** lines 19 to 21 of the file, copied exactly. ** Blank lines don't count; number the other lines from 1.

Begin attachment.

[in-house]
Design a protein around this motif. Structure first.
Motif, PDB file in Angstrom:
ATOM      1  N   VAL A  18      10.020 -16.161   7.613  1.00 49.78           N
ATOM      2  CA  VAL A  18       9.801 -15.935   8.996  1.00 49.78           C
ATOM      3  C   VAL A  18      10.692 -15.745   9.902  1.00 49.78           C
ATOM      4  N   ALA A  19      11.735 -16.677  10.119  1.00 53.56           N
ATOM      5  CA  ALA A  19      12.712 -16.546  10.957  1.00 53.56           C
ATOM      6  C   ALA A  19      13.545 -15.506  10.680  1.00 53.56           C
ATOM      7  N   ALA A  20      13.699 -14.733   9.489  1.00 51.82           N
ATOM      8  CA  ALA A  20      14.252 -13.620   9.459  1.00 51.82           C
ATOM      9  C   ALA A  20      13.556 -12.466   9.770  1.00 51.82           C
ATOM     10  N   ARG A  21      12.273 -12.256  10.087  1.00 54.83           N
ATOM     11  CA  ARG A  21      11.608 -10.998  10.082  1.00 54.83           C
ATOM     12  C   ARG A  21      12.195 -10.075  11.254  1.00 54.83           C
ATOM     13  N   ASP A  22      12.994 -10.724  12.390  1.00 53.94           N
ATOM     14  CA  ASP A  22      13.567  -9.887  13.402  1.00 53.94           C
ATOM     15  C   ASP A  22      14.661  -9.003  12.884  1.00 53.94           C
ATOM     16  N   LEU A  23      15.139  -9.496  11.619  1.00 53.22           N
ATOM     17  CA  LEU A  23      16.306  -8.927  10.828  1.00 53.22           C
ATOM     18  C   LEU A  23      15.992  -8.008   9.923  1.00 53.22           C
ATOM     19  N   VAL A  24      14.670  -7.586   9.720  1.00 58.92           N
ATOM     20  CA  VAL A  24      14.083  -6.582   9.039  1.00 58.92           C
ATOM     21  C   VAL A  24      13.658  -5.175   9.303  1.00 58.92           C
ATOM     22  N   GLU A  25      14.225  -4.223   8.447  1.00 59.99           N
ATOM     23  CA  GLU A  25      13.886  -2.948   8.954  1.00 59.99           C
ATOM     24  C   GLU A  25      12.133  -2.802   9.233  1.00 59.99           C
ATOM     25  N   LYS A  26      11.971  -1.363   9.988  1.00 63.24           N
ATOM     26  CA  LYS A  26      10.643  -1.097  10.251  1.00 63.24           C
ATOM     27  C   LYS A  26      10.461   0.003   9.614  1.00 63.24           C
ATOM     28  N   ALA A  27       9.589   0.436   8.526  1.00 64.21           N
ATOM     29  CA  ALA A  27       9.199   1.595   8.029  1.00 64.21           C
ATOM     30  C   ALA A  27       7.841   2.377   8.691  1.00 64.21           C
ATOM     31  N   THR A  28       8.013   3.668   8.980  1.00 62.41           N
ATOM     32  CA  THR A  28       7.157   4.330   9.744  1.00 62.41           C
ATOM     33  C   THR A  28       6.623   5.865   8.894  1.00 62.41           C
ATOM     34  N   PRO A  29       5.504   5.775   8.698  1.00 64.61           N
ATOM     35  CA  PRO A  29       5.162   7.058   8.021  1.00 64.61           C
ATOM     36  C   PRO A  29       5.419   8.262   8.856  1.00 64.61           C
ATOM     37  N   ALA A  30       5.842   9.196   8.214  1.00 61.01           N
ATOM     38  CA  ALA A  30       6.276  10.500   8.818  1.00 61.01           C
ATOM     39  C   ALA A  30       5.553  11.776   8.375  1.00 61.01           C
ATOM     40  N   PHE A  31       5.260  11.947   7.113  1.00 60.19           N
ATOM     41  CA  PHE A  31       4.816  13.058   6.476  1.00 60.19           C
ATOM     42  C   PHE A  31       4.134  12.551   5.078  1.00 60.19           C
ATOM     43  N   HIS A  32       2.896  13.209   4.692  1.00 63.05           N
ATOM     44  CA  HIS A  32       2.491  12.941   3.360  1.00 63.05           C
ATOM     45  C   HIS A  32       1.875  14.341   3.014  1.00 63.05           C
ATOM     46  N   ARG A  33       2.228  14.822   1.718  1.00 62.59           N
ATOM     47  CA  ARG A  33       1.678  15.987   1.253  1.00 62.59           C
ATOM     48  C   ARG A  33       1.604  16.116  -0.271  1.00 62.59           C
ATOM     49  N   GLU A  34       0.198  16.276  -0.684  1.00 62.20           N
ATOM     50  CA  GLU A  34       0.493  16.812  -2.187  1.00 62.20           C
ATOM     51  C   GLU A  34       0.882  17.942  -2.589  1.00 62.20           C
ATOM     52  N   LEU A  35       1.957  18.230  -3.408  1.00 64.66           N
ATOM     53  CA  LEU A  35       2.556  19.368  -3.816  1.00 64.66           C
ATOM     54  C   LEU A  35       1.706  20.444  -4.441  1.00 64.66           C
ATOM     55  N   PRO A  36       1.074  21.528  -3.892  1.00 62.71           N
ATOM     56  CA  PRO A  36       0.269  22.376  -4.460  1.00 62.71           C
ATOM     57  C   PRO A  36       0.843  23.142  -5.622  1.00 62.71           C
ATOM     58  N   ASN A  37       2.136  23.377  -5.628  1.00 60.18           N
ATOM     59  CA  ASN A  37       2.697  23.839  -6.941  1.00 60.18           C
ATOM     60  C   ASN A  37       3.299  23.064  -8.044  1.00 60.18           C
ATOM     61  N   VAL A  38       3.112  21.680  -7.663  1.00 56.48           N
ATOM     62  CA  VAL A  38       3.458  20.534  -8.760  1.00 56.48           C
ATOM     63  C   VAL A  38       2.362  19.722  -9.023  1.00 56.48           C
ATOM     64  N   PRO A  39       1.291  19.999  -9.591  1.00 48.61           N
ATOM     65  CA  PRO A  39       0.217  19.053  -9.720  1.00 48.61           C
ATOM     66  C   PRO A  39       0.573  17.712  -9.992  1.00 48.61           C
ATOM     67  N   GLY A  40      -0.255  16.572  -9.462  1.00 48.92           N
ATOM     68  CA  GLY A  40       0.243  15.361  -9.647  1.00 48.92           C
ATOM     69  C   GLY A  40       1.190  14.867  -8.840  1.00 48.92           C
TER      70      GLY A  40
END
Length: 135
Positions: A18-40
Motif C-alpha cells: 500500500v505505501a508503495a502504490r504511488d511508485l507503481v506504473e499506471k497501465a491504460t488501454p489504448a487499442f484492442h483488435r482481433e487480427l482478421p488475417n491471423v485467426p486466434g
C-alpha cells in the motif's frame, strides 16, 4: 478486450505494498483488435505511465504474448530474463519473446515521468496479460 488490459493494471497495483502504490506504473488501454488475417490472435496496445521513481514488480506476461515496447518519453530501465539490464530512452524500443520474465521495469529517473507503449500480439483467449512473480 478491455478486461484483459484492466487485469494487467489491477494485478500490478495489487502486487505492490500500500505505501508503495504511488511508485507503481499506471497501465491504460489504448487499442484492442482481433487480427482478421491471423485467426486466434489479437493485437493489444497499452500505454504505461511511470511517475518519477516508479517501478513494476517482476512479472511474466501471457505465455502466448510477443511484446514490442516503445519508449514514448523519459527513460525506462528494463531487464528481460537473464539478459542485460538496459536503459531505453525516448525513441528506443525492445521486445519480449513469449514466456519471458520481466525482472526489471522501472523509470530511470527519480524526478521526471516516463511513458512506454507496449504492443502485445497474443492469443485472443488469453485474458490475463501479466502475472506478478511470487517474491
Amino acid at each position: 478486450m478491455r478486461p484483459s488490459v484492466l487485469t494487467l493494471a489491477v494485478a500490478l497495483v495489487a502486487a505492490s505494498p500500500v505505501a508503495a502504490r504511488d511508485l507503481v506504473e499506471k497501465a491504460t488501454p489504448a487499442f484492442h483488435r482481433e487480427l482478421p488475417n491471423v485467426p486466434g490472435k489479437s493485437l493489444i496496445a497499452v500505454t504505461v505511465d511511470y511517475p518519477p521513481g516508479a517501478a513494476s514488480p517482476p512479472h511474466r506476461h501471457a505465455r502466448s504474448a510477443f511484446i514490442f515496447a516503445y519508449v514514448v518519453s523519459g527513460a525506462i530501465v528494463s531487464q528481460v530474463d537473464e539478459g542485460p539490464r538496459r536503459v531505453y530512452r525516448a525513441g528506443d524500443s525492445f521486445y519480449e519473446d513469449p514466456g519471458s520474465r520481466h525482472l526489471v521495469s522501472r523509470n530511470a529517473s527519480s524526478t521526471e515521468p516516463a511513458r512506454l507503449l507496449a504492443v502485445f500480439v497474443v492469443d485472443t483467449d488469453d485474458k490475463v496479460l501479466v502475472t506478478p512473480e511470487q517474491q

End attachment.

ATOM     16  N   LEU A  23      15.139  -9.496  11.619  1.00 53.22           N
ATOM     17  CA  LEU A  23      16.306  -8.927  10.828  1.00 53.22           C
ATOM     18  C   LEU A  23      15.992  -8.008   9.923  1.00 53.22           C